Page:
You can only maintain a good blood supply if the joints are exercised, so the problem comes down to striking a balance between enough exercise to help keep muscles, tendons and ligaments mobile, strong and maintain their range of motion, while not over-exercising so that your dog hurts its joints.
A good general rule of thumb is to provide your dog with a reasonable amount of controlled exercise. You want your dog to get enough exercise that he or she enjoys it without becoming stiff and aching afterwards. Shorter walks and play time, or swimming throughout the day, are better than marathon walks, marches and play sessions.
Arthritic dogs tend to “loosen up” with exercise. That is why dogs are in more discomfort earlier in the day than late in the afternoon – the opportunity to move around has eliminated some of the stiffness and discomfort following a period of inactivity. This can also be a potential problem however, as a dog may feel well enough to exercise too vigorously, further damaging the joints.
Here is what I advise most of my clients to do – let your dog walk or run or fetch within reason. It can chase Frisbees. It can also swim, which is a particularly good exercise. What it can’t do … and so what you want to avoid … is encouraging your dog to jump up to catch things because of the weight placed on the hips.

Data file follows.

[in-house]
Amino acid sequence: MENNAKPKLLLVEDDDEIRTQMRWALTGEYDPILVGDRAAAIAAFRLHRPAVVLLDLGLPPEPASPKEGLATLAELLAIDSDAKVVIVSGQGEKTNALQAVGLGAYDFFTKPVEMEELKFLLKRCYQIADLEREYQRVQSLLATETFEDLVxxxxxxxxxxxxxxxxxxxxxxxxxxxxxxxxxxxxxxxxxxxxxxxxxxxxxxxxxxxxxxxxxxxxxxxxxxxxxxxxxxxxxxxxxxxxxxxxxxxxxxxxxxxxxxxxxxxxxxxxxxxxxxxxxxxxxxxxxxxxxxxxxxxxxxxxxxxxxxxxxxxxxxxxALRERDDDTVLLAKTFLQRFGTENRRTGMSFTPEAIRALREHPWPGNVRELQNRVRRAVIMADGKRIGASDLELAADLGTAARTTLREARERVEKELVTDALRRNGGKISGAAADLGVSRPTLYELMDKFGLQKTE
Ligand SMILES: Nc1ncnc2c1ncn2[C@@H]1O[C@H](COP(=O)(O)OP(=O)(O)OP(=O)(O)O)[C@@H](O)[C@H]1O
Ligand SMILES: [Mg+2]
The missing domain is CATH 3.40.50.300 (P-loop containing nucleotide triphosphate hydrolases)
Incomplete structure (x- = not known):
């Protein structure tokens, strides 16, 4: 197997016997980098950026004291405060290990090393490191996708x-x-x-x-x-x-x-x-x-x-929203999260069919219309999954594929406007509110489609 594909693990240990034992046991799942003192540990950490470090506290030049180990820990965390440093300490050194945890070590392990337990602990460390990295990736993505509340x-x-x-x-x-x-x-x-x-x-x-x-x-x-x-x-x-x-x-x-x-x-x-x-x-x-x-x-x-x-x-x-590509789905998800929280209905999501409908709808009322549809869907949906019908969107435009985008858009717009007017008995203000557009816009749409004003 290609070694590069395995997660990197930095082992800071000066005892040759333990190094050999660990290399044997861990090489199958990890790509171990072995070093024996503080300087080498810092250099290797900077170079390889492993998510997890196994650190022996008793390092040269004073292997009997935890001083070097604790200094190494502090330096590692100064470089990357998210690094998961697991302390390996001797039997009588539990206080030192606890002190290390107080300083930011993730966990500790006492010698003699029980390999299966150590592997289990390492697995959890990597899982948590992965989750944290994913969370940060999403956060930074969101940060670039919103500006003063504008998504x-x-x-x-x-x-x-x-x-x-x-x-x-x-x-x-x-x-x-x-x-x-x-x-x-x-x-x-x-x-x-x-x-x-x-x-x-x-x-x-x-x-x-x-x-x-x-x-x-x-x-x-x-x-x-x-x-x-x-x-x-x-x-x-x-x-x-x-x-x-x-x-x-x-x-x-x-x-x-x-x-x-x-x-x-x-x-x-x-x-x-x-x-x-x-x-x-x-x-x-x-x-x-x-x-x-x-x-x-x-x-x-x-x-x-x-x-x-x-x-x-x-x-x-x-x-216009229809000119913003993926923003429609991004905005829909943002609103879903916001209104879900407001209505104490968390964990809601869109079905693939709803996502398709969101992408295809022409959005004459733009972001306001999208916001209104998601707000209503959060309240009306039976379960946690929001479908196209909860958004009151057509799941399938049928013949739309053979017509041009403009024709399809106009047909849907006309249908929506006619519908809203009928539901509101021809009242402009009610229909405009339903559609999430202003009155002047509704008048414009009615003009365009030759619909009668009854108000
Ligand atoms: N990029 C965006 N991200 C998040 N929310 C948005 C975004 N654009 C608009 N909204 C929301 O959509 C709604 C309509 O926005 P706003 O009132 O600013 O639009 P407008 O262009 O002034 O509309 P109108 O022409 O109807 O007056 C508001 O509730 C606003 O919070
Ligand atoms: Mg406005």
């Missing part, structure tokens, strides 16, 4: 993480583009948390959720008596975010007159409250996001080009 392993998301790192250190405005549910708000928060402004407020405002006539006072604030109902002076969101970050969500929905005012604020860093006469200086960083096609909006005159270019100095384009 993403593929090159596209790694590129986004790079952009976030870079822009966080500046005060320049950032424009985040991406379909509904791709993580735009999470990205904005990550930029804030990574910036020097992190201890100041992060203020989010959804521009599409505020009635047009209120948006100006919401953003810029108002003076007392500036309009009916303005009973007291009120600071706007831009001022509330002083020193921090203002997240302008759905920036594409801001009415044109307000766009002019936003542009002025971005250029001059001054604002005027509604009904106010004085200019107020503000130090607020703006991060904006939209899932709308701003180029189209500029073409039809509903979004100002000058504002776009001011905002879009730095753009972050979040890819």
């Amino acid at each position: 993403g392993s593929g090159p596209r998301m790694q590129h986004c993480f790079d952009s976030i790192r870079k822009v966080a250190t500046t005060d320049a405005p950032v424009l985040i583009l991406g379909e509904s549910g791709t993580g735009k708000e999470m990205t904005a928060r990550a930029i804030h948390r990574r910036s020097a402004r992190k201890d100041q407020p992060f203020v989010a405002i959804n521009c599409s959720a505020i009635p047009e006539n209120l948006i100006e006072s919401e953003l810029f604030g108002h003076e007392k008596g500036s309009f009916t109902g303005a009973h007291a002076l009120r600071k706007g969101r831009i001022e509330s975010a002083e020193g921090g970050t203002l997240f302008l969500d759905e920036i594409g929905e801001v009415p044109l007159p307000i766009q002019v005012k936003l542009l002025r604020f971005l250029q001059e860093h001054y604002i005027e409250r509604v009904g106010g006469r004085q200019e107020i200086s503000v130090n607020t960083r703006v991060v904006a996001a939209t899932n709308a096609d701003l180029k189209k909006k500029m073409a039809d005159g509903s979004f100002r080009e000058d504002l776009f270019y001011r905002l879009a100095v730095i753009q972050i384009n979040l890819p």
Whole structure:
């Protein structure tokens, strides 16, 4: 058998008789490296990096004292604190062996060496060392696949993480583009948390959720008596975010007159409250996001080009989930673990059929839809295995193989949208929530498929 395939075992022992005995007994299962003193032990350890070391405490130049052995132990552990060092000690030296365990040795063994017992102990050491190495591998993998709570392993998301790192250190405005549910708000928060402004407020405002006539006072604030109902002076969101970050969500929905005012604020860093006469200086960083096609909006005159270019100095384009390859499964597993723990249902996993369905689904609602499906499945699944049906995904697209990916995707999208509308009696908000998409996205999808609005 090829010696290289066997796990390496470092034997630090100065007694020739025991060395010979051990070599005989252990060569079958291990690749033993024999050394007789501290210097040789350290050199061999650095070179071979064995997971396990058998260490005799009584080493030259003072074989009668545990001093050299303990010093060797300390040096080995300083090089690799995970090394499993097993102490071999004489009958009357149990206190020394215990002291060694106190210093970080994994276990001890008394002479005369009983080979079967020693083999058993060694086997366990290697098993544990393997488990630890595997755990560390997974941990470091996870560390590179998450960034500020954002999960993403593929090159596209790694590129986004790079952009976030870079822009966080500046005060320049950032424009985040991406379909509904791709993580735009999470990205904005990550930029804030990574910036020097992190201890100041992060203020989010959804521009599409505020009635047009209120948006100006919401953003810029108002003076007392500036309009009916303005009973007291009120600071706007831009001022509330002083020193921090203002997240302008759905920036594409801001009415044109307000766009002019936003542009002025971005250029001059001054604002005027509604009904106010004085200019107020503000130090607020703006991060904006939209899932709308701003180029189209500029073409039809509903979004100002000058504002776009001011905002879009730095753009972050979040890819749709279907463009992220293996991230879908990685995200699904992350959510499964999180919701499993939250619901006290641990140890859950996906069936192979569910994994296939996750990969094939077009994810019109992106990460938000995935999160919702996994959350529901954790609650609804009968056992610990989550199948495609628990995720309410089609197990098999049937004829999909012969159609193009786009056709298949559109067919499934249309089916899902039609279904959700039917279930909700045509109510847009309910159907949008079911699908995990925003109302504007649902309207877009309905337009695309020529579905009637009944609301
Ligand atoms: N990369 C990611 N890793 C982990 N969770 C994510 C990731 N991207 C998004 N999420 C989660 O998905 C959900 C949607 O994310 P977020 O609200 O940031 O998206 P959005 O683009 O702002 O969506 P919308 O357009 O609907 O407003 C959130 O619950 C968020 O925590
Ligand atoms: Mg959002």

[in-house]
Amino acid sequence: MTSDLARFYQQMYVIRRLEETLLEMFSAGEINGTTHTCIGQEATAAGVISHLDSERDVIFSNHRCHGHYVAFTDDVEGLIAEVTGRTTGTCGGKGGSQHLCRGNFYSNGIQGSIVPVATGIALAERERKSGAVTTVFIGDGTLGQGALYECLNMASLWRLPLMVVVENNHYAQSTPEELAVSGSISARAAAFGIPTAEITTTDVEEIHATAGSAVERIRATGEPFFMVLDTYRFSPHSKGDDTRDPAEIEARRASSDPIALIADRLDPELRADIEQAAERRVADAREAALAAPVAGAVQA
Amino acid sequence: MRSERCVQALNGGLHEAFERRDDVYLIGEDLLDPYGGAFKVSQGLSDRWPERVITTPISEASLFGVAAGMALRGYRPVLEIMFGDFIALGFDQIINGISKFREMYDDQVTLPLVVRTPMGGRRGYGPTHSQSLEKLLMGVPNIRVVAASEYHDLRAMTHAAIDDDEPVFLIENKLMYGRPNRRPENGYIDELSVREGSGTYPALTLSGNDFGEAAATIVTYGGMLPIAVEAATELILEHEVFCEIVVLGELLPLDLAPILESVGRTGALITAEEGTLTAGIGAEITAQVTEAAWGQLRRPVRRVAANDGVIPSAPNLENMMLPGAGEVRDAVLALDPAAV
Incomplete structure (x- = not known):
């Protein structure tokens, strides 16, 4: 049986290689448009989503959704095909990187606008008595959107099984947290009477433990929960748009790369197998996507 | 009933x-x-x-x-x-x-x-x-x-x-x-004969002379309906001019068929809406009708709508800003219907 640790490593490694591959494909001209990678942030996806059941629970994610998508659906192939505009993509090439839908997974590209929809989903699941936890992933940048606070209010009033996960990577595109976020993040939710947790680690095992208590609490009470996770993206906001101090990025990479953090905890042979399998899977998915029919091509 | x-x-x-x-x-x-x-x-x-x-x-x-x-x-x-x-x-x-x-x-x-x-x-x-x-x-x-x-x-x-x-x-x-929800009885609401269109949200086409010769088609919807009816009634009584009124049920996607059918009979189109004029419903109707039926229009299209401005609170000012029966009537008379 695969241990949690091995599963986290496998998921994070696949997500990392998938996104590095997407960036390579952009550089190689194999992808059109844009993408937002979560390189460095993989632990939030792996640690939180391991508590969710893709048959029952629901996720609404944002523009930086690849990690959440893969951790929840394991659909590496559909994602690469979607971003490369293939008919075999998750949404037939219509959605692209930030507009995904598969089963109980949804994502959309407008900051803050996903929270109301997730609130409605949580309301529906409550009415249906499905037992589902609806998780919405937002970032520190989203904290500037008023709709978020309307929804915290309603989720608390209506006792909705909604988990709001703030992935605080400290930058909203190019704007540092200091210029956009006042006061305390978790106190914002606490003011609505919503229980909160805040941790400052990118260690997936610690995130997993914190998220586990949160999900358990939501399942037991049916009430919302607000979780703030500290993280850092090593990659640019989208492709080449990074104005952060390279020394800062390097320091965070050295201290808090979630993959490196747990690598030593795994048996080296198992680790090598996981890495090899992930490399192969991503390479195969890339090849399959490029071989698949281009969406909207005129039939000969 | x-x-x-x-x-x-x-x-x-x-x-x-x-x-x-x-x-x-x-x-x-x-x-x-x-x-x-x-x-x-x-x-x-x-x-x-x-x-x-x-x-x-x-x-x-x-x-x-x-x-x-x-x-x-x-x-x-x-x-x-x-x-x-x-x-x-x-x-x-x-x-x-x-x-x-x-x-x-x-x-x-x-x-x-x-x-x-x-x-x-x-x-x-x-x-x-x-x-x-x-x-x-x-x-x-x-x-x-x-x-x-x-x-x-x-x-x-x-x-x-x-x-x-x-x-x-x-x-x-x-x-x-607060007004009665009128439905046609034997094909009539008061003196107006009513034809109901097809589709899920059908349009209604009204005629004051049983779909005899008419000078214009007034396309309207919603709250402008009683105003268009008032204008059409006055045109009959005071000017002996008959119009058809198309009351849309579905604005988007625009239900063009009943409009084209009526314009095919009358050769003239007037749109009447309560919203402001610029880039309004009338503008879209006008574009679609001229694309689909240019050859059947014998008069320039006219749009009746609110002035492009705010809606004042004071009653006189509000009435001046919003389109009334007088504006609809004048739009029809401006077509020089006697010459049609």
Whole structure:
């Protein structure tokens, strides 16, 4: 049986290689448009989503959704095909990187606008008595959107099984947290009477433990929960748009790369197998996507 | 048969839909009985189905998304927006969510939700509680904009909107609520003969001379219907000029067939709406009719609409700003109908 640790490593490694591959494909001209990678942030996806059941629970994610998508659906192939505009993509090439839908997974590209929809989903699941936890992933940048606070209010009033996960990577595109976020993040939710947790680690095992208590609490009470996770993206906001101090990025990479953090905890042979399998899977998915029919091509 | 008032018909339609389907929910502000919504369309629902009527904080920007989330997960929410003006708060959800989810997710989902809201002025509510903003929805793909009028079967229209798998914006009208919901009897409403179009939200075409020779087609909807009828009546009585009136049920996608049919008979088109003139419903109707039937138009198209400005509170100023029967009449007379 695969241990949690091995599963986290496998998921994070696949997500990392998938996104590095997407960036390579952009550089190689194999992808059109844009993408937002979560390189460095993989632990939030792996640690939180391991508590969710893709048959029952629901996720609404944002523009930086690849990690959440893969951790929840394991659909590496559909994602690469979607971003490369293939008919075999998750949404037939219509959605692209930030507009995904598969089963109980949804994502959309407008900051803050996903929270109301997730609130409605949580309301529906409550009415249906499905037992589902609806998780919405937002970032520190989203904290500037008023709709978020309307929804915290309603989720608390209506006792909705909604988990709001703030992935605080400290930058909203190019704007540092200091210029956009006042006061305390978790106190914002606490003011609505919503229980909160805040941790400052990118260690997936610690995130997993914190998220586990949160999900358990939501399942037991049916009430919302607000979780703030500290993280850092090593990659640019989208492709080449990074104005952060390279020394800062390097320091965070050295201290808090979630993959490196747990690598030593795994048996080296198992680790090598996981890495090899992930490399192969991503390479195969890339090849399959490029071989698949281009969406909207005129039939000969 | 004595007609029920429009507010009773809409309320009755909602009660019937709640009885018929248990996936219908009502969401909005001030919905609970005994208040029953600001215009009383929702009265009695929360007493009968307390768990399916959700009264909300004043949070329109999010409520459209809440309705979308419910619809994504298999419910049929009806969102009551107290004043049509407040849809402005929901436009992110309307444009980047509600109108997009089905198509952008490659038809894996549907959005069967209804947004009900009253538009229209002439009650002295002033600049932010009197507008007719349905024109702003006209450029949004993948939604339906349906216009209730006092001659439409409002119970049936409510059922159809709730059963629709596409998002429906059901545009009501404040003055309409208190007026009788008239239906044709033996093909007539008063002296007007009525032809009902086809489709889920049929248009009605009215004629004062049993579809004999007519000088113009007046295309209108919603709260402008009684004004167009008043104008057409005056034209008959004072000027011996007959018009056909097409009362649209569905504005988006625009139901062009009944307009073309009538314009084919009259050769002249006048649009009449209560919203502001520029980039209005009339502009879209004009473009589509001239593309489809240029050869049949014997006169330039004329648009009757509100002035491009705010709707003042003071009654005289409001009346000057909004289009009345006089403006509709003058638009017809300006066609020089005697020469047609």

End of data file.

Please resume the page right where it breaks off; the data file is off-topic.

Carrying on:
You also don’t want to play tug-of-war, again because of the excessive strain placed on the joints. In all these forms of exercise, even the “safer” ones, the key word is moderation. And remember, you can massage your dog, too.
The Alternative Treatments for Canine Arthritis
Dog Arthritis Can Be Helped With Alternative Joint Treatments
The field of alternative therapy for animals is expanding exponentially. There is acupressure, therapeutic touch, animal communication, healing touch, hydrotherapy, magnet therapy, Reiki, veterinary orthopedic manipulation and Traditional Chinese Medicine for dogs.
We cannot go into all of these therapies, but if you want to pursue them further you’re advised to contact the International Alliance for Animal Therapy and Healing, which brings together complementary and alternative animal healers.